Local officials recently agreed to spend close to $400,000 on far more detailed aerial photographs of every parcel of property that’s assessed and taxed through the Mobile County Revenue Commission.

In late December, a $392,266 contract was approved with EagleView Technologies, which will be taking aerial photographs of various sections of the county through February that will be available through software the Revenue Commission’s mapping and appraisal staff will be able to access.

According to Tyler Pritchett, an attorney with the Revenue Commission, the photographs will allow land appraisers to view properties from multiple angles, and the software will include measurement tools that could potentially save time and money on future property appraisals.

Eagle View Technologies will be capturing aerial photos of properties throughout Mobile County in the coming weeks. [Submitted by Eagle View]

“It’s not just straight down imagery. They take a picture of the north, south, east and west at a 45-degree angle — like a bird’s eye view of the property,” Pritchett said. “That makes it easy for the mapping and appraisal staff to recognize and interpret what objects and structures might have been added to a property, and they can actually make measurements from their desks.”

Pritchett said up-to-date aerial photographs should help with making basic observations faster than sending a team of appraisers out to physically inspect a property, especially those in “rural areas.” Currently, the Alabama Department of Revenue requires counties to review every property at least once every four years, which can be time consuming.

Baldwin County Revenue Commissioner Teddy Faust Jr. told Lagniappe his department already uses EagleView to photograph at least 25 percent of the county’s properties each year. At this point, it’s still unclear whether Mobile County will used a similar long-term agreement going forward.

(Photo/Contributed by EagleView) A sample image of the pictometry imagery EagleView Technologies will be using to photograph properties throughout Mobile County over the next several weeks.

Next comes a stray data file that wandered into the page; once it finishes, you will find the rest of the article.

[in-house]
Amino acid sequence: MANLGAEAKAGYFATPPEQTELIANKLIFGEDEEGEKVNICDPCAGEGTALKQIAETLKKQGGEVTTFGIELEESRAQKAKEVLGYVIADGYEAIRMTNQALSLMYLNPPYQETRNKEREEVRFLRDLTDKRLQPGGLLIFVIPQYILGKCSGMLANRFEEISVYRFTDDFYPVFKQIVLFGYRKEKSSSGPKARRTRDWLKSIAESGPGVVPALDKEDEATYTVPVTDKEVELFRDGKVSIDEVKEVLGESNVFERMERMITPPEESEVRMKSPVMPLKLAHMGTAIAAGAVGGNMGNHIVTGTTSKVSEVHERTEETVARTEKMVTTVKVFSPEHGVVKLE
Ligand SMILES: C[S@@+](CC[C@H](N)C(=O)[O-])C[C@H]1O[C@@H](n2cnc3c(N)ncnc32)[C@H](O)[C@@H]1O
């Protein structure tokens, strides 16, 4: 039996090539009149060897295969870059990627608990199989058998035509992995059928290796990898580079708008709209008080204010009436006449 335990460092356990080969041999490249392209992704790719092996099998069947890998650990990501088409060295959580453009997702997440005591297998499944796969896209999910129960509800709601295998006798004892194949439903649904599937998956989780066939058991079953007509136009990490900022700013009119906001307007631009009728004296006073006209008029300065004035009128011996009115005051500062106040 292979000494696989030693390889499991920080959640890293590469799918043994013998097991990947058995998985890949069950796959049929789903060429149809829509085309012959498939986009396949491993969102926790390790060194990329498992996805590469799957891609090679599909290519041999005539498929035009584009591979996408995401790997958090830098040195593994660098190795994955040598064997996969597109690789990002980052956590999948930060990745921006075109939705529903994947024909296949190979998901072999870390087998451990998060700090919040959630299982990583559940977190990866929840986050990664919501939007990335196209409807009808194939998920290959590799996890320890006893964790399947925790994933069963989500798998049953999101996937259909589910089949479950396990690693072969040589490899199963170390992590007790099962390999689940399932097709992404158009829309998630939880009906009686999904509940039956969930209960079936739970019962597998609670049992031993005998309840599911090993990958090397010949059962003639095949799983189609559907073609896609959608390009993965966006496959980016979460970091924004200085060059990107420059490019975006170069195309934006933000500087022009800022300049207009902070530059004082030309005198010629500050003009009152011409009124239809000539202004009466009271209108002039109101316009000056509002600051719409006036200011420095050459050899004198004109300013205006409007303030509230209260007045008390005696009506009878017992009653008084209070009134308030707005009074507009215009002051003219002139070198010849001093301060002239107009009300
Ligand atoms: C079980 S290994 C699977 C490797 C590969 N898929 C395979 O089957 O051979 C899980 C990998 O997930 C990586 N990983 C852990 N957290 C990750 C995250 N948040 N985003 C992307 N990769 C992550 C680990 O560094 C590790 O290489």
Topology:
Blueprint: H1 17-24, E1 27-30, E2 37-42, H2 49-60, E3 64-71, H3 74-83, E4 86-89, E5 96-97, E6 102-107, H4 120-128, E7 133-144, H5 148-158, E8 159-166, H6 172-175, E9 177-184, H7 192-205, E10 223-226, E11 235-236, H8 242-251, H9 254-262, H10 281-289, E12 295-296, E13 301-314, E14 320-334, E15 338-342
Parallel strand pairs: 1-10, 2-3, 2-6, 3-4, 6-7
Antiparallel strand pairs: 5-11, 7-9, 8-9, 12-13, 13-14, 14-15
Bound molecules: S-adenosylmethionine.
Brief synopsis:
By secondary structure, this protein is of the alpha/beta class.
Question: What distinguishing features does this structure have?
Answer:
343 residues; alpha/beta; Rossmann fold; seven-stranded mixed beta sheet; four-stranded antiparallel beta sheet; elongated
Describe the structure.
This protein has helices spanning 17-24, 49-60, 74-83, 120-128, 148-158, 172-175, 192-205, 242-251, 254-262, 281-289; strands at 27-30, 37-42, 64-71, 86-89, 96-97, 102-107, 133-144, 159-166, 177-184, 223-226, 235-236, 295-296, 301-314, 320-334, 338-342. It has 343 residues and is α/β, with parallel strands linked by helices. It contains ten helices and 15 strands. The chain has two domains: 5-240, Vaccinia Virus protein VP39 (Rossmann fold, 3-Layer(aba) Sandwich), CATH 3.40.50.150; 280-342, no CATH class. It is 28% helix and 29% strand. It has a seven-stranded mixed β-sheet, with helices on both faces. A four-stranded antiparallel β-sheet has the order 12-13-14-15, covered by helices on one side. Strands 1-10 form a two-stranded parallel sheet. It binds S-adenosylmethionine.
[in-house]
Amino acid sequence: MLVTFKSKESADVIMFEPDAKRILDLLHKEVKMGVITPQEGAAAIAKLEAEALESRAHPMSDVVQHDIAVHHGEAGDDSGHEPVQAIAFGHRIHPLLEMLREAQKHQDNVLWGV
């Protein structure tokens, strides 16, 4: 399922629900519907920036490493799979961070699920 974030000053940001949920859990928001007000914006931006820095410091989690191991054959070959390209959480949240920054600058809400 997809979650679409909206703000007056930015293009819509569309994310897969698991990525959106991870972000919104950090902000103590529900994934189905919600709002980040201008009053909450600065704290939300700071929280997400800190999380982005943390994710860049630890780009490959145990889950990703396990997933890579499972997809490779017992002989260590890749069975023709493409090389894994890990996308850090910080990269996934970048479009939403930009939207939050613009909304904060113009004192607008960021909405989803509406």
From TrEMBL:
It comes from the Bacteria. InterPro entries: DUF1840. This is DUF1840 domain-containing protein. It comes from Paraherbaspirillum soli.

“It has saved time, but we’re still going to be right behind the photographs reviewing every property in person,” Faust said. “I don’t think it’s as good as boots-on-the-ground measuring, but if you have people who’ve done a good job, you can easily verify information.”

While Mobile and Baldwin counties have used aerial photography in the past, Faust and Pritchett both cited reduction in cost as a motivation to invest in more detailed photographs.

In Mobile County, that investment has come at the tail end of the state’s efforts to bring up the value of certain properties that didn’t see gradual increases over time. Last July, those changes caught some residents off guard when annual property valuations came with appraisals that were, in some cases, several thousand dollars more than in previous years.

At the time, Glenn Ford, an administrator with the Revenue Commission, told Lagniappe the values “should level off” sometime in 2017 as the state catches up on its equalization efforts.

While the Revenue Commission already maintains a public database of property records that includes interactive maps, it’s unclear at this point if the general public will be able to access to the aerial photographs EagleView will be providing in the coming months.

Claire Foster, a marketing manager for the company, said EagleView gets questions about privacy “quite a bit,” but the company is confident its products are not invasive to the public.

“In our application, you can zoom in quite a bit to see the type of detail that factors into the value of a home, whether it’s a deck, an addition or structural details like angles needed to measure the property’s square footage,” Foster wrote via email. “That said, even with our highest-resolution imagery, you can’t make out a person’s face or a license plate or see inside a window. If a person were captured in an image, you’d be able to make out their gender, at best.”